The pair traded blows and were tied three-all after the first six matches. Sohsuke TAKATANI (JPN) broke that tie after his 14-3 routing of Samuel Joseph BROOKS (USA), but three consecutive American wins from Hayden ZILLMER, Kyven Ross GADSON, and Anthony NELSON gave the Stars and Stripes the 6-4 advantage, and ultimately the third-place finish. 

Cuba finished fifth place after they defeated Mongolia, 6-4, and Georgia claimed seventh place after beating Turkey, 8-2.

GOLD - Russia df. Iran, 9-1
BRONZE - United States df. Japan, 6-4 
Fifth - Cuba df. Mongolia, 6-4
Seventh - Georgia df. Turkey, 8-2

2. U23 Asian Championships Starts Thursday 
The U23 Continental Championships train continues to roll this weekend and will make its stop in Ulaanbaatar, Mongolia, for the 2019 U23 Asian Championships

The four-day tournament begins on Thursday and will go through Sunday.


Thursday (March 21) 
9:30 - Medical examination and Weigh-in GR - 60,67,72,77,82,97,130kg
11:30 - Qualification rounds and repechage GR - 60,67,72,77,82,97,130kg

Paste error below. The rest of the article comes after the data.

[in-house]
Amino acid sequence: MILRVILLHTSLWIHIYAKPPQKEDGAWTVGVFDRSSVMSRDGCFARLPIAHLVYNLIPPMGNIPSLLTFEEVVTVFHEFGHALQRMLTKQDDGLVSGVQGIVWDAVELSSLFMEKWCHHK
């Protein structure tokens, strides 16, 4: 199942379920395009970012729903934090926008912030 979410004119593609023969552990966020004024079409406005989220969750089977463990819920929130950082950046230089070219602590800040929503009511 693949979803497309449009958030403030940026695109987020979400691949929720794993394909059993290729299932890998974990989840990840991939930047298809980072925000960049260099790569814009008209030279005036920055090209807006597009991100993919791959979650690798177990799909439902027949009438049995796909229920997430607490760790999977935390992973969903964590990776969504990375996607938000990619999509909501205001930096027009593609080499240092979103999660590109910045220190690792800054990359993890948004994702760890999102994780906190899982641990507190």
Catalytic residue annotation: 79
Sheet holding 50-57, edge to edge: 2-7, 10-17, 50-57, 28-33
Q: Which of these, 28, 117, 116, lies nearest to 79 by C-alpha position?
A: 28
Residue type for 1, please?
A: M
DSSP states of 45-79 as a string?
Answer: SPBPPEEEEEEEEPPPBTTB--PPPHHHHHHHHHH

14:45 - Draw - GR - 55,63,87kg / WW - 55,59,72kg / FS – 61,92kg
17:30 - Opening Ceremony
18:00 - Finals GR – 60,67,72,77,82,97,130kg

Friday (March 22) 
9:30 - Medical examination and Weigh-in (GR - 55,63,87kg / WW - 55,59,72kg / FS – 61,92kg)
11:30 - Qualification rounds and repechages - GR - 55,63,87kg / WW - 55,59,72kg / FS – 61,92kg 

14:45 - Draw WW – 50,57,65,68kg / FS – 57,65,74,125kg
18: 00 - Finals GR - 55,63,87kg / WW - 55,59,72kg / FS – 61,92kg

Saturday (March 23) 
19:30 - Medical examination and Weigh-in - WW – 50,57,65,68kg / FS – 57,65,74,125kg
11:30 - Qualification rounds and repechages - WW – 50,57,65,68kg / FS – 57,65,74,125kg
14:45 - Draw WW – 53,62,76kg / FS – 70,79,86,97kg
18: 00 - Finals WW – 50,57,65,68kg / FS – 57,65,74,125kg

Sunday (March 24) 
9:30 - Medical examination and Weigh-in - WW – 53,62,76kg / FS – 70,79,86,97kg
11:30 - Qualifications rounds and repechage WW – 53,62,76kg / FS – 70,79,86,97kg 

18:00 - Finals WW – 53,62,76kg / FS – 70,79,86,97kg

Roland SCHWARZ was one of three German wretlers who won a gold medal at the 2019 Thor Masters last weekend. (Photo: Max Rose-Fyne)

3. Germany win Three Thor Masters Golds 
The Thor Masters, an all-Greco-Roman tournament, wrapped up last weekend in Nykobing Falster, Denmark, and Germany was the frontrunner, winning three of the ten gold medals. Denmark and Ukraine had a pair of gold medalists, while Finland, Norway, and Sweden each had a solo gold medalist. 



SILVER - Christoph KRAEMER (GER)     

BRONZE - Nasrullakh NASIBO (UKR)

SILVER - Ruslan  KUDRYNETS (UKR)      



GOLD - Raibek BISULTANOV (DEN)        
SILVER - Hannes WAGNER (GER)          


GOLD - Zakarias BERG (SWE)   
SILVER - Denis KUDLA (GER)